1.1 Reactivity of R-Br
Now consider a reaction of the four molecules shown in Figure 3.
Identify the functional group common to these molecules.
—Br (known as the bromo group).
So the molecules are of the general type, RBr, where R is the framework to which the functional group is attached.
When such bromo compounds are treated with a solution of lithium iodide (LiI) in the solvent propanone (acetone, Structure 6.1), they often undergo a reaction in which the bromo group is replaced by an iodo group (equation 1)
What is the role of lithium iodide in the reaction?
It is a source of I- ions.
What happens in this reaction at the molecular level?
As Figure 2 shows, the reactant R—Br contains a carbon-bromine bond, C—Br.
This bond is polar.
Why is the R-Br bond polar? (Hint: think back to what you know about electronegativity)
Bromine is more electronegative than carbon, so the carbon atom in this bond carries a partial positive charge, written δ+, and the bromine atom a partial negative charge, written δ− (Structure 6.2).
Given the polarity of the bond, the negatively charged iodide ion will then tend to approach, and become attached to, the positive carbon. As a carbon-iodine bond is formed, the carbon-bromine bond breaks and a bromide ion is ejected. The reaction is therefore a good illustration of an important point made in Session 5; electronegativity differences often contribute to the reactivity of functional groups.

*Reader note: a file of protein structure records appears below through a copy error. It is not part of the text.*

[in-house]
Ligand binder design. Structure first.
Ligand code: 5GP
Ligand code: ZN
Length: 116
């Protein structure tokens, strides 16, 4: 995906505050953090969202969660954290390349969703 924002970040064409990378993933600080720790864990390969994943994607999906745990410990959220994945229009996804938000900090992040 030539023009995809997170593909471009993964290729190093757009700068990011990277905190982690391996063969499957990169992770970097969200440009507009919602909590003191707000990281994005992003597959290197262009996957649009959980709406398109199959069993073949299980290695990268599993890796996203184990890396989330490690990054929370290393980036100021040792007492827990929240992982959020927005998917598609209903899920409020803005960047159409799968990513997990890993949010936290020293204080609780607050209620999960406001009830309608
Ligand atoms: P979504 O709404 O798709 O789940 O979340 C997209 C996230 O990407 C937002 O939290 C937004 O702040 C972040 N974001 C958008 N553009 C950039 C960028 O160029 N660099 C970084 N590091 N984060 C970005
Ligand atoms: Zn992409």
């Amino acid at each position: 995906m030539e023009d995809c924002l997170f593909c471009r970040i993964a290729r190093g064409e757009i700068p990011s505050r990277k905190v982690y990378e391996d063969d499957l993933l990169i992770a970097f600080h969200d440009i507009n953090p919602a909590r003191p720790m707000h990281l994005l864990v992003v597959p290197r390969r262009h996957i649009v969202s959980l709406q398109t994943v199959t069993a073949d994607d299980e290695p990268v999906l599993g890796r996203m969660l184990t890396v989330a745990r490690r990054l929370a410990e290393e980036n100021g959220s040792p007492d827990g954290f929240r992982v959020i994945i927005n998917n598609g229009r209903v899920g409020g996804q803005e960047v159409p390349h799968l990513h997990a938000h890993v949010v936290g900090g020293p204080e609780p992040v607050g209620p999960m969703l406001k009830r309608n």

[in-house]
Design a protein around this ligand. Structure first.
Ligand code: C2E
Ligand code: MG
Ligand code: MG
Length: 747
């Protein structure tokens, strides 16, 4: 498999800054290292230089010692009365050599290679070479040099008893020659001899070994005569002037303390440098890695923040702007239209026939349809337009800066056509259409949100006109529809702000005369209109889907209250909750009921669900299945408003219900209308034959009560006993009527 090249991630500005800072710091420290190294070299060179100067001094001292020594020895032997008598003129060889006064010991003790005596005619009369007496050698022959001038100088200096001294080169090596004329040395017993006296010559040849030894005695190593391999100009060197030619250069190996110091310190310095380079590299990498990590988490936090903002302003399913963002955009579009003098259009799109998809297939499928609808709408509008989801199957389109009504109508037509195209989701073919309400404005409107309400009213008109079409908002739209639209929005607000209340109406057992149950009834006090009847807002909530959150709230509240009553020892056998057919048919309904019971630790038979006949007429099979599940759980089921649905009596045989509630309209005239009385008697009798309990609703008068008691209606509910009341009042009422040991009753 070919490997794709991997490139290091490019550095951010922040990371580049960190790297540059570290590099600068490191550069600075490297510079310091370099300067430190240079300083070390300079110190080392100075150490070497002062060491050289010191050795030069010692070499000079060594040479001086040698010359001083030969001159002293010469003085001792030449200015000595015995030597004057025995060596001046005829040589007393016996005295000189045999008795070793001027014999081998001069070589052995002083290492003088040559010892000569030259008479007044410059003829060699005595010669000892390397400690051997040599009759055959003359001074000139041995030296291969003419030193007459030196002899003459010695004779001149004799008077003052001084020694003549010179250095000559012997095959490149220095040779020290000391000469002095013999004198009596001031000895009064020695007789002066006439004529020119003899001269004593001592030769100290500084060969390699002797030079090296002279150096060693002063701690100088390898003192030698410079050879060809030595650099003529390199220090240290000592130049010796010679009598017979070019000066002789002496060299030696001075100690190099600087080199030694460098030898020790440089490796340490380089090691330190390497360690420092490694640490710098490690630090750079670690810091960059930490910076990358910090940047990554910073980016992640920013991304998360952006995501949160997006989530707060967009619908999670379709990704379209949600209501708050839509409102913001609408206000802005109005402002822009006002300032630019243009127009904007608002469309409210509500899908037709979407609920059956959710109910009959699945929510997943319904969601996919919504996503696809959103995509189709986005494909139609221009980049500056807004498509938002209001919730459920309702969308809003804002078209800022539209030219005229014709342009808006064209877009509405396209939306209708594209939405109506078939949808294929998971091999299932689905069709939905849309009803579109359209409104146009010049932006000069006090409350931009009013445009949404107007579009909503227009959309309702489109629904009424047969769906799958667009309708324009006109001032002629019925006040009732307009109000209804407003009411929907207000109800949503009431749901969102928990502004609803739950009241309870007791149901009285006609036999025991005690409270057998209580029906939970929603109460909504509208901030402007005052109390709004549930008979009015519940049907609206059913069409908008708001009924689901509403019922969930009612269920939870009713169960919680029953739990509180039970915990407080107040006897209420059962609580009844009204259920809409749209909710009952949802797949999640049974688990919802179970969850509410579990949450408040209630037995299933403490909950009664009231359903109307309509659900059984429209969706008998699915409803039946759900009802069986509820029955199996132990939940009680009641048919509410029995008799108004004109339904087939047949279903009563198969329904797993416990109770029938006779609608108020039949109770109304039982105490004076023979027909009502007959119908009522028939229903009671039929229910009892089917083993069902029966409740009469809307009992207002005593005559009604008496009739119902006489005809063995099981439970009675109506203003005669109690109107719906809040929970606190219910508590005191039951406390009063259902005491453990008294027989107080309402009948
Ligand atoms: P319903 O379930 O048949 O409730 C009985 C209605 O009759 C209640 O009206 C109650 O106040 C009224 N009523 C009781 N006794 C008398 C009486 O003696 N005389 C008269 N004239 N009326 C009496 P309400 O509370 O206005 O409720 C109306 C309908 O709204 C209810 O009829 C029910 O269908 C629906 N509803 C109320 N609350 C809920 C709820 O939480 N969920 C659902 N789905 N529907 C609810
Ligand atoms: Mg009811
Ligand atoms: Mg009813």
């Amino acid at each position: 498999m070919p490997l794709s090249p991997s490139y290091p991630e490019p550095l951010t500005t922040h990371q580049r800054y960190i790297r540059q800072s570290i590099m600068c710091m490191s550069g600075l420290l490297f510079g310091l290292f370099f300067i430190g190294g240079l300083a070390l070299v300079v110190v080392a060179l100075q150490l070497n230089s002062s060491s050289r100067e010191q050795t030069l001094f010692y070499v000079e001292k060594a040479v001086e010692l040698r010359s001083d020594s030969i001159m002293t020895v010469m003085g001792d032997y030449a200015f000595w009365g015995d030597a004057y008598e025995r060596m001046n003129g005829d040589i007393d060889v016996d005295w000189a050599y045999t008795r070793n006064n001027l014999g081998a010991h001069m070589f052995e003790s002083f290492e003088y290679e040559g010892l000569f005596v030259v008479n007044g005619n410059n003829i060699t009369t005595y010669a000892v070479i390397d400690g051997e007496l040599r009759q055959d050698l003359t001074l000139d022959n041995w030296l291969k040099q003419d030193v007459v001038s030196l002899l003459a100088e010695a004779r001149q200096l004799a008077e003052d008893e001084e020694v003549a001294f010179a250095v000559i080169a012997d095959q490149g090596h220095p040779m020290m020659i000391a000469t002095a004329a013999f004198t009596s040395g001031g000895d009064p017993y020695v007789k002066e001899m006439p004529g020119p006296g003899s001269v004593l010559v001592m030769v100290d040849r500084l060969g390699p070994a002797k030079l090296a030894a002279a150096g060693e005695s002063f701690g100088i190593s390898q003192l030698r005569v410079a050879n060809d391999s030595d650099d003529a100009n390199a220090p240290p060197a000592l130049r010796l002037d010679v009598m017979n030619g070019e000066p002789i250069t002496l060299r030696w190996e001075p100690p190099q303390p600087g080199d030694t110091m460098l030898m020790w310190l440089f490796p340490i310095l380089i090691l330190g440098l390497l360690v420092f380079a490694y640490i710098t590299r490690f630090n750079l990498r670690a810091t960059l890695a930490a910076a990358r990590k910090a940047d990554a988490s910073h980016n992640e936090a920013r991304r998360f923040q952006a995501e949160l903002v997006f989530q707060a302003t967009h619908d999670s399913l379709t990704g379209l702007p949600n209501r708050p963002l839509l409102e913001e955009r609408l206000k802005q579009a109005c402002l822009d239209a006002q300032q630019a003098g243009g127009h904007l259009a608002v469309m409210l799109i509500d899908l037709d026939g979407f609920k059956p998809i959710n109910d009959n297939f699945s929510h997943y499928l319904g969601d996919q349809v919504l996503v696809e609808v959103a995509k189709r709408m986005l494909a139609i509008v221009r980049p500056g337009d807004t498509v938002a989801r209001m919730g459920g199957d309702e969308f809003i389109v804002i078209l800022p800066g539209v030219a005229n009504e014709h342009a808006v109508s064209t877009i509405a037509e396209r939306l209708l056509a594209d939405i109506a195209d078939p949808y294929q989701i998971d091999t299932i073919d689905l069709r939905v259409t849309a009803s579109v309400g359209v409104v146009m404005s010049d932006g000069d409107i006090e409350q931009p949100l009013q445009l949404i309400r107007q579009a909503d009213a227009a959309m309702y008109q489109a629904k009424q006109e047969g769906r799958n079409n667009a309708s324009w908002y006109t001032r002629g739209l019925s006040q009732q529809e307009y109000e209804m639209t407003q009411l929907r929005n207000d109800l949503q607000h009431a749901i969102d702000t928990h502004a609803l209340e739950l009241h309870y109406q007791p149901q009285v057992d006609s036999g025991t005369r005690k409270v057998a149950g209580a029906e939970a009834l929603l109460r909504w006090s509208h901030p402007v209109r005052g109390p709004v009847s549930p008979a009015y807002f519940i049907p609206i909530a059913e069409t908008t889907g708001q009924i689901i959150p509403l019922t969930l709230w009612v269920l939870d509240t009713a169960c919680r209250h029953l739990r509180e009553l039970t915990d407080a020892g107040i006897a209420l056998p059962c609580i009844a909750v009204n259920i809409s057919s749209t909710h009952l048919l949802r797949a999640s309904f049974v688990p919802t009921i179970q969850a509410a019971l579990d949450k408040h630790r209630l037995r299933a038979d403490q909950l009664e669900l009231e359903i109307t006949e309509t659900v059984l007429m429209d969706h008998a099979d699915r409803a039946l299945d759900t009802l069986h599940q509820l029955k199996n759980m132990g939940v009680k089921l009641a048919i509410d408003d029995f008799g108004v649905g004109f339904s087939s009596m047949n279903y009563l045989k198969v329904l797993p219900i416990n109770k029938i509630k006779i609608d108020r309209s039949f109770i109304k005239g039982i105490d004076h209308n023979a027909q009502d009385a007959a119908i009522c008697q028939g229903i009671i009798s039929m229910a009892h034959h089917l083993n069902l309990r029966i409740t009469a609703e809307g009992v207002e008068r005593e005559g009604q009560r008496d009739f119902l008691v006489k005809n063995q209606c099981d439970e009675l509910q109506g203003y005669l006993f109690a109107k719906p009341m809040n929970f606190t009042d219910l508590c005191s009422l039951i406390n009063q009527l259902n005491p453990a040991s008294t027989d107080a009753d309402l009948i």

What is interesting however, is that in this case, the four bromo compounds react at very different speeds.
Figure 3 gives the relative rates of reaction of the four bromo compounds with iodide, what does this tell you?
The rate of reaction decreases from left to right. For example, CH3Br reacts 221 000 times as quickly as (CH3)2CHBr, and the reaction of (CH3)3CBr is so slow that it appears not to take place at all.
In order to find a reasonable explanation for this, take another look at the space-filling depiction of these molecules in Figure 2.
The reaction involves an iodide ion approaching and attaching to the carbon atom that is bound to the bromine atom.
Logically there must be room for this to happen.
There is most room for such an approach on the side of the carbon atom that is opposite to the bulky bromine atom – in other words, according to the direction of view depicted in Figure 3.
Why do you think the reaction with iodide should be easier for CH3Br than for (CH3)3CBr?
In CH3Br, the carbon atom is very exposed to the incoming iodide, because hydrogen atoms are small. But if they are replaced by bulkier methyl groups, this exposure diminishes, until at (CH3)3CBr the carbon atom attached to bromine lies at the bottom of a small cavity created by the three surrounding methyl groups. The iodide cannot reach this carbon atom, so effectively, no reaction occurs.
The “blocking” effect that an organic group produces by virtue of its bulk is described as steric or steric hindrance. This chosen example is a crude one, but it illustrates an important idea.
In the next section you will see how these same ideas can be extended to more complex molecules.